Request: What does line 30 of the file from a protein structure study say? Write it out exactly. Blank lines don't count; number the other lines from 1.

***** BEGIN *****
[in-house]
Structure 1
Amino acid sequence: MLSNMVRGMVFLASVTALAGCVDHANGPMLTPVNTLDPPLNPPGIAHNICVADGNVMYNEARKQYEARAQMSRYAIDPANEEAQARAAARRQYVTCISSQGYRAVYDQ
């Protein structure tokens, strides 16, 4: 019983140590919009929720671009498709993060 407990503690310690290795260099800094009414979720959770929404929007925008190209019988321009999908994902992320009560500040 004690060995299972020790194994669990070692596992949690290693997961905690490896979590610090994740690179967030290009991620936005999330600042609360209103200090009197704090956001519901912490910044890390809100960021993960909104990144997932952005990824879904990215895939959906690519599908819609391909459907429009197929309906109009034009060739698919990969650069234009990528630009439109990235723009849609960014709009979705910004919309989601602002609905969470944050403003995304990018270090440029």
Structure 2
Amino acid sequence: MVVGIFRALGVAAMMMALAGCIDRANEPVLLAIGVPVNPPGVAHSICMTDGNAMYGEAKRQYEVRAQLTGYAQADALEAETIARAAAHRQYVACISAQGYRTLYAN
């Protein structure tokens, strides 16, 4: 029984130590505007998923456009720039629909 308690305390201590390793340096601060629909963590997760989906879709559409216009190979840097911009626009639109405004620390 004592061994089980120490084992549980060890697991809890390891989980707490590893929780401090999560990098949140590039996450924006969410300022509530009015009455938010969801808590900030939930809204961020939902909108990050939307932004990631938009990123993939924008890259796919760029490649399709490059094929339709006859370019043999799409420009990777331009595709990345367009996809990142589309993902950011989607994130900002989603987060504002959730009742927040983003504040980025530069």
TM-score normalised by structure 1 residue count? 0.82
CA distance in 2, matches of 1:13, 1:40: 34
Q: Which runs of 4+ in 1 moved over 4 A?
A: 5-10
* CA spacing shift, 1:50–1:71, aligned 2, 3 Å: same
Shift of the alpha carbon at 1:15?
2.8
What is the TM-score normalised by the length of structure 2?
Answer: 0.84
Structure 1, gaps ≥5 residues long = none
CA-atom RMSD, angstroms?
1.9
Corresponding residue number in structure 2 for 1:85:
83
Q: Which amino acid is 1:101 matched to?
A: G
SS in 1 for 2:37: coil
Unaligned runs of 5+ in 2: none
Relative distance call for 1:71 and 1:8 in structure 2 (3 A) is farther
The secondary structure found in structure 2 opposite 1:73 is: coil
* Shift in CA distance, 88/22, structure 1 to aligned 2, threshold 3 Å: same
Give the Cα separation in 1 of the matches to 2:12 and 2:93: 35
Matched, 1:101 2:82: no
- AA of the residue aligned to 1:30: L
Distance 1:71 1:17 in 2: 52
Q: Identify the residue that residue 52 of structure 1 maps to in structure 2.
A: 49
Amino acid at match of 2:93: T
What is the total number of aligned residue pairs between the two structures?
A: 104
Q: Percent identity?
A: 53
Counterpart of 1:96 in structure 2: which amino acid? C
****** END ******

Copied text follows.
Matched, 1:101 2:82: no